UNITED NATIONS, N. Y. (Nov. 15)
Details of atomic development in Israel was for the first time revealed here today by Ambassador Abba Eban, head of the Israel delegation, in a lengthy address delivered before the United Nations Political Committee outlining Israel’s stand on the “atoms-for-peace” plan now under discussion.
Mr. Eban pointed out that “Israel is both a contributor to the universal sum of theoretical and applied nuclear knowledge, and also a prospective beneficiary of the new potentialities. ” He emphasized that the number of physicists and chemists in Israel engaged in theoretical and applied research is, in relative terms, probably as high as in any other country in the world. He also stressed the fact that Israel’s “deepest interest” in atomic energy is due to the fact that the country faces heavy tasks of economic and social progress with a notable lack of any cheap source of fuel or electric power.
“These two factors, intellectual and scientific interest and practical need, both existing in unusually intense degree, have determined Israel’s preoccupation with this problem from the earliest days of the atomic decade,” Mr. Eban said. “As the Committee is aware, our first President, Dr. Chaim Weizmann, was concerned both as a scientist and as the architect of a nation, with the problem of compensating for natural deficiencies by the results of advanced research. This theme guided much of his chemical work in the field of synthetic processes, where he sought means of creating substitutes for deficient raw materials. It was equally natural that his interest should be aroused by the prospect of finding substitutes for natural power.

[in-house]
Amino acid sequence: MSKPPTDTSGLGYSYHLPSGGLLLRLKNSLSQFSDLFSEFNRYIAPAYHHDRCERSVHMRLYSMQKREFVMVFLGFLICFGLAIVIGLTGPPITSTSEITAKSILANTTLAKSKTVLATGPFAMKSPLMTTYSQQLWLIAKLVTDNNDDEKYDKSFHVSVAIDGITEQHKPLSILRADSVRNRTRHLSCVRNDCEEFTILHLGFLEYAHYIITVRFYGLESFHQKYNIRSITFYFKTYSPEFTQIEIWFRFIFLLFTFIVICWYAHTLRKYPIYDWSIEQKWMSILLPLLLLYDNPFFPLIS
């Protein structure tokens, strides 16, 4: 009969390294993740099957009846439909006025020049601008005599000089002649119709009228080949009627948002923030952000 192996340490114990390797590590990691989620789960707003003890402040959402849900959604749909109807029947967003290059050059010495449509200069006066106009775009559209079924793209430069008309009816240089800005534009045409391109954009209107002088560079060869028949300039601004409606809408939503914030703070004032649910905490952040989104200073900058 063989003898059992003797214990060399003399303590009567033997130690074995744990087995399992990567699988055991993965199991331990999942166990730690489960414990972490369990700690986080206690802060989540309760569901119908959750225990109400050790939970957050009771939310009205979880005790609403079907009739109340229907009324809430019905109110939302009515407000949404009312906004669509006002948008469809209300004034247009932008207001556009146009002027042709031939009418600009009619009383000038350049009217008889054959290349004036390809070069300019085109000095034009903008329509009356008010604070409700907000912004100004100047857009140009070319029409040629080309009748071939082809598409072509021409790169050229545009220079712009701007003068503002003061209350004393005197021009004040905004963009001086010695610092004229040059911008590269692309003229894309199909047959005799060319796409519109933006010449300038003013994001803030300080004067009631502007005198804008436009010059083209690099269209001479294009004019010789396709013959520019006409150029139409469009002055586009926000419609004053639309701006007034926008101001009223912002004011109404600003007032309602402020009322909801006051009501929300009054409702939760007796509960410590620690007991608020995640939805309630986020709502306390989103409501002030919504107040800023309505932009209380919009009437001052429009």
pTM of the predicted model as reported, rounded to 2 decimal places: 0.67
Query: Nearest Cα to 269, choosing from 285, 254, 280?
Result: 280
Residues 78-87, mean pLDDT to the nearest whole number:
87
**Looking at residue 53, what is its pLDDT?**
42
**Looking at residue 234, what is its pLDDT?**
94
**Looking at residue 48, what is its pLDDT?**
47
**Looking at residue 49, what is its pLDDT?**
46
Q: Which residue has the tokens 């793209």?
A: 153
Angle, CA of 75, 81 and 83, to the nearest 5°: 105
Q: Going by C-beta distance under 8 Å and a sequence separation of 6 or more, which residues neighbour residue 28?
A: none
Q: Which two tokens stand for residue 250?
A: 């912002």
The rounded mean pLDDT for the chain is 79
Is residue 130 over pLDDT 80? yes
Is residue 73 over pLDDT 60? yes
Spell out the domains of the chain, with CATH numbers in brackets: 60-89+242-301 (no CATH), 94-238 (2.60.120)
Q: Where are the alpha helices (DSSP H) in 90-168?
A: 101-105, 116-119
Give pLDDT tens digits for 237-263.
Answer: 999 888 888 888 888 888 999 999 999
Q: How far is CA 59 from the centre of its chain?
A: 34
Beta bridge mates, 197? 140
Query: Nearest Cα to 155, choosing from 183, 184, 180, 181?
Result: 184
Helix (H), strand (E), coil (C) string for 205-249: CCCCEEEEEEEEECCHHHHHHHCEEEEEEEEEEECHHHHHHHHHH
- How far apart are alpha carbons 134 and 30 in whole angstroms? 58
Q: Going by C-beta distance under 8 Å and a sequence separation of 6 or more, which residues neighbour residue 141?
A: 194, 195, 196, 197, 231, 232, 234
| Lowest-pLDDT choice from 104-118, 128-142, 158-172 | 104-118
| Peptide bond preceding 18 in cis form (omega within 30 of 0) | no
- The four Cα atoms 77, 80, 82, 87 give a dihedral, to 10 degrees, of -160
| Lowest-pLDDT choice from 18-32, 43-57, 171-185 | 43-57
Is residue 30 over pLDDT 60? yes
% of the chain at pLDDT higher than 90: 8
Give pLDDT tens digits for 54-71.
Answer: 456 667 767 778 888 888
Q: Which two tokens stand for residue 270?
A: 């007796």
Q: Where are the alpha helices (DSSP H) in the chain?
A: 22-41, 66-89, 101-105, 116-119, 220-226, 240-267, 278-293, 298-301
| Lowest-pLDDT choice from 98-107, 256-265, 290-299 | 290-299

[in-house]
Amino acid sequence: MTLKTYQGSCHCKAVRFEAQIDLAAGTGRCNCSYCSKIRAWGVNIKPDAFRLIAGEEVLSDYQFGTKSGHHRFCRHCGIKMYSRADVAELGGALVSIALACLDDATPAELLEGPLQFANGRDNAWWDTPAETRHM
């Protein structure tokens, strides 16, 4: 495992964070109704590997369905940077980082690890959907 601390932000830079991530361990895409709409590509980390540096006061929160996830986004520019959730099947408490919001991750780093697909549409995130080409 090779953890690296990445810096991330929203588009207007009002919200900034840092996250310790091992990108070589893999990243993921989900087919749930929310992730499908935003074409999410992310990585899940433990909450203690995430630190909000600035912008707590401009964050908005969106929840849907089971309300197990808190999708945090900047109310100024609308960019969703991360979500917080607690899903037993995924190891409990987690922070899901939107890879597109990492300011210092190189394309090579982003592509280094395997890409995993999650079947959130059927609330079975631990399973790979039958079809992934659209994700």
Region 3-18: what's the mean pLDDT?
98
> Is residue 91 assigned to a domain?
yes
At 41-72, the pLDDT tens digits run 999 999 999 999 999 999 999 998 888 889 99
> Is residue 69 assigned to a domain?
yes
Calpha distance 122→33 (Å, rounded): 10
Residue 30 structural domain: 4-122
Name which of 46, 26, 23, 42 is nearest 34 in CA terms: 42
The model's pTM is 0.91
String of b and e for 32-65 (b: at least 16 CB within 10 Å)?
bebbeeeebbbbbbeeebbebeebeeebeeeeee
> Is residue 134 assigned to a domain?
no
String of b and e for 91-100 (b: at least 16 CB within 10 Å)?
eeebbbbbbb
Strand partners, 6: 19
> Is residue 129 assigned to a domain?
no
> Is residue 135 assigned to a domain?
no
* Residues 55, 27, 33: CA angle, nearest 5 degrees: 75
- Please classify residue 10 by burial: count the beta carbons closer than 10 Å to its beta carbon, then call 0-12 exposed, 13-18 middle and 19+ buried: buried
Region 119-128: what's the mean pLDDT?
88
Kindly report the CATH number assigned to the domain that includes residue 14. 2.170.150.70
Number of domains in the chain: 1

“Together, these two prospects–new materials and new power–appealed to his scientific imagination, as well as to his vision of a broader welfare for Israel and other small countries than their existing conventional resources seemed to promise. From the concluding days of the Second World War to the end of his life he was in contact with leading figures in the world of nuclear physics, many of whom shared both his scientific interests and his over-riding concern for the successful establishment of a Jewish homeland. With them, including the great Einstein, we have maintained the closest bonds of kinship which have exerted a formative influence on our scientific tradition, ” Mr. Eban reported.
DESCRIBES WORK OF WEIZMANN INSTITUTE ON NUCLEAR SCIENCE
“It thus happened that within a year of Israel’s establishment, with President Weizmann at the head of our State, the foundations of our nuclear program were laid, with the establishment of the Department of Isotope Research in the Weizmann Institute of Science at Rehovoth in the coastal plain. ” This department, Mr. Eban said, has worked assiduously and successfully for five years in the following fields, both theoretical and applied: